The Canadian Council for Aviation and Aerospace Council (CCAA), which the IAMAW has been a member of since the early 1980’s, has recently completed a study for the Government of Canada using real labour market data which shows that our colleges and as a country, we are not keeping up with the demand for skilled aviation workforce and as a result, we will have to bring in workers from outside Canada. This is a big problem in many ways, due to our high unemployment numbers and especially since other countries are experiencing the same concerns with shortages.

In the medium to long-term it will be necessary to manage the transition to automation, which will likely require a smaller workforce. This transition will need to be managed and negotiated with the unions, regulators such as Transport Canada/Canadian Government, colleges, to ensure we have a steady supply of required skilled workforce and to ensure we have meaningful employment and a healthy aviation sector in Canada.

Ground Handling:
Ground Handling broadly comprises all those services required by an aircraft between landing and take-off. This includes marshalling, loading and unloading, refuelling, security screening, passenger baggage and cargo handling, aircraft maintenance and so on. These tasks are mostly outsourced by many airlines, while some choose to retain some or most of these tasks.

These tasks are at the centre of global changes. As working environments change dramatically for ground handlers around the world, establishing union networks and creating workgroups are vital as these jobs are broken down into separate service areas and sent out for RFP’s for companies to bid on with the end result being “lowest operating costs/wages”.

Canadian Airports Authorities and airlines like Westjet and Air Transat to name a few are racing to subcontract their aircraft handling services in a bid to cut costs while creating instability. We are continually battling the Greater Toronto Airport Authority (GTAA) and others in Canada for past few years in their contract flipping practices which impact our members.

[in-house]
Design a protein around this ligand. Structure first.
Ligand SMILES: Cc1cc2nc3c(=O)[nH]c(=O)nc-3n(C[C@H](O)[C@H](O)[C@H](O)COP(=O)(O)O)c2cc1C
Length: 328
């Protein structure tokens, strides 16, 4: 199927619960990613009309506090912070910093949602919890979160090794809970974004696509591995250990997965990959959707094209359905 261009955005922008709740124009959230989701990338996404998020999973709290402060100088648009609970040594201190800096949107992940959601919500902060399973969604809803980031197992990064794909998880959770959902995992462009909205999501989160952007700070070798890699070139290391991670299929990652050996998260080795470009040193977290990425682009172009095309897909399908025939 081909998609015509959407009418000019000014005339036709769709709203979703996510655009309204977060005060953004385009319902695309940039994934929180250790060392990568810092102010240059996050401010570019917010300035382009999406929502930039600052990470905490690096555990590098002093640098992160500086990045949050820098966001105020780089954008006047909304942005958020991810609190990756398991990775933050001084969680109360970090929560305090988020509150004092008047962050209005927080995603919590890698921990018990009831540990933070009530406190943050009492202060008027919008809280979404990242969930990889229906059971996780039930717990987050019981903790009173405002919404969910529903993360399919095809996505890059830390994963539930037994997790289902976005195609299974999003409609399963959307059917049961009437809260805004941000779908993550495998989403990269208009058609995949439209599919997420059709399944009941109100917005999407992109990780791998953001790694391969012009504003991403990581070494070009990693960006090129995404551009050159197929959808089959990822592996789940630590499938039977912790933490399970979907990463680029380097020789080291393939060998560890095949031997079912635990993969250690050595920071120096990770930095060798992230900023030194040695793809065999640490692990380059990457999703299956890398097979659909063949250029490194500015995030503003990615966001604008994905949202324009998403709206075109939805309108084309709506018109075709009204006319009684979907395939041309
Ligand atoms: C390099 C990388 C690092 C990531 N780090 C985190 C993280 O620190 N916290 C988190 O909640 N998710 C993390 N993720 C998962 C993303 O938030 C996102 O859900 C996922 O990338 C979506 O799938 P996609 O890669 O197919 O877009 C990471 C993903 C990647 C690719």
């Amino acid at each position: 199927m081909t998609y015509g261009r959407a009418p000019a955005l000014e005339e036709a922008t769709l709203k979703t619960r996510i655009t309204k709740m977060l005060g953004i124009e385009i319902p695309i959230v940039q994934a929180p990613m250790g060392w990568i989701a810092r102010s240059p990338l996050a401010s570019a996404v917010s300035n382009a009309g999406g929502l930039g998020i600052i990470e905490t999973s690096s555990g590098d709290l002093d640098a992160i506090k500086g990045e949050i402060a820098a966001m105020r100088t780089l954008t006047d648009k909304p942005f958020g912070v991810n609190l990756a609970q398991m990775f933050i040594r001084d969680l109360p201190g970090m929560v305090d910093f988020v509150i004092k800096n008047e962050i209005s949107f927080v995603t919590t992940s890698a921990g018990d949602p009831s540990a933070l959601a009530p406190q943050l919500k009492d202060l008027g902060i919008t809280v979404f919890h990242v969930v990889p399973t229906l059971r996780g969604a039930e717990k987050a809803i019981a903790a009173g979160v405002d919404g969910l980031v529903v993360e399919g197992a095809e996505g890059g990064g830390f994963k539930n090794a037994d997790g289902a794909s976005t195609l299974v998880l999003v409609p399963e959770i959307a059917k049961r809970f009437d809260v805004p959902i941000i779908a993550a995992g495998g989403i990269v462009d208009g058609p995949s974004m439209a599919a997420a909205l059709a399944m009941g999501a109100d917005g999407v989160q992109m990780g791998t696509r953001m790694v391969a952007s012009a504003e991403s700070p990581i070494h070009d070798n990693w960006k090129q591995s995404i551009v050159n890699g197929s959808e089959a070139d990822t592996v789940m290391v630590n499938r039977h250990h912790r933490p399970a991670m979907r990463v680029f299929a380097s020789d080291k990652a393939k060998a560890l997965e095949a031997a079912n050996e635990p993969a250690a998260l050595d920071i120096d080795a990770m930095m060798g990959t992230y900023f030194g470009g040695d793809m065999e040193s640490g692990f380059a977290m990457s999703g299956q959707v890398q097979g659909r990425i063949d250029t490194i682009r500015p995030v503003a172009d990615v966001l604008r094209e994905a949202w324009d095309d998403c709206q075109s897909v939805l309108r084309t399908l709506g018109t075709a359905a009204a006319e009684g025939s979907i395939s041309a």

This contract flipping practice, which impacts all the unions at the airport, seems concentrated mainly in Toronto, but has spread to other airports within Canada. Our members working in these flipped jobs are finding they have new employers, new contracts, lower wages, less benefits, new seniority ranking, and possibility of not being rehired, every few years. If re-hired, they find having to meet new targets, lower safety standards, and increased injuries. Luckily with the assistance of people like Sam Jabbar, is organizing these new companies just as fast, thereby protecting our members from this “contract flip” practice.

So, while the air transport sector continues to grow by about 3.0% every year in Canada and even though there may be more jobs available, they are not increasing proportionally. Large global companies are dominating the ground service sector. They save money by buying equipment centrally, not having to duplicate info and technology and support systems, and sharing their experience and knowledge within their networks. This is why it’s important for us to work in union networks and workgroups in order to shift the balance of power.

Free trade agreements: CETA, TISA, NAFTA, & the TPP, pose threats to everyone working in the transportation industry.

Future of the Airline Industry:
The airline industry has seen few fundamental challenges to business models over the past 30 years, except for the arrival of Low-Cost Carriers (LCCs) and the introduction of global alliances such as Star Alliance, One World, and Sky Team.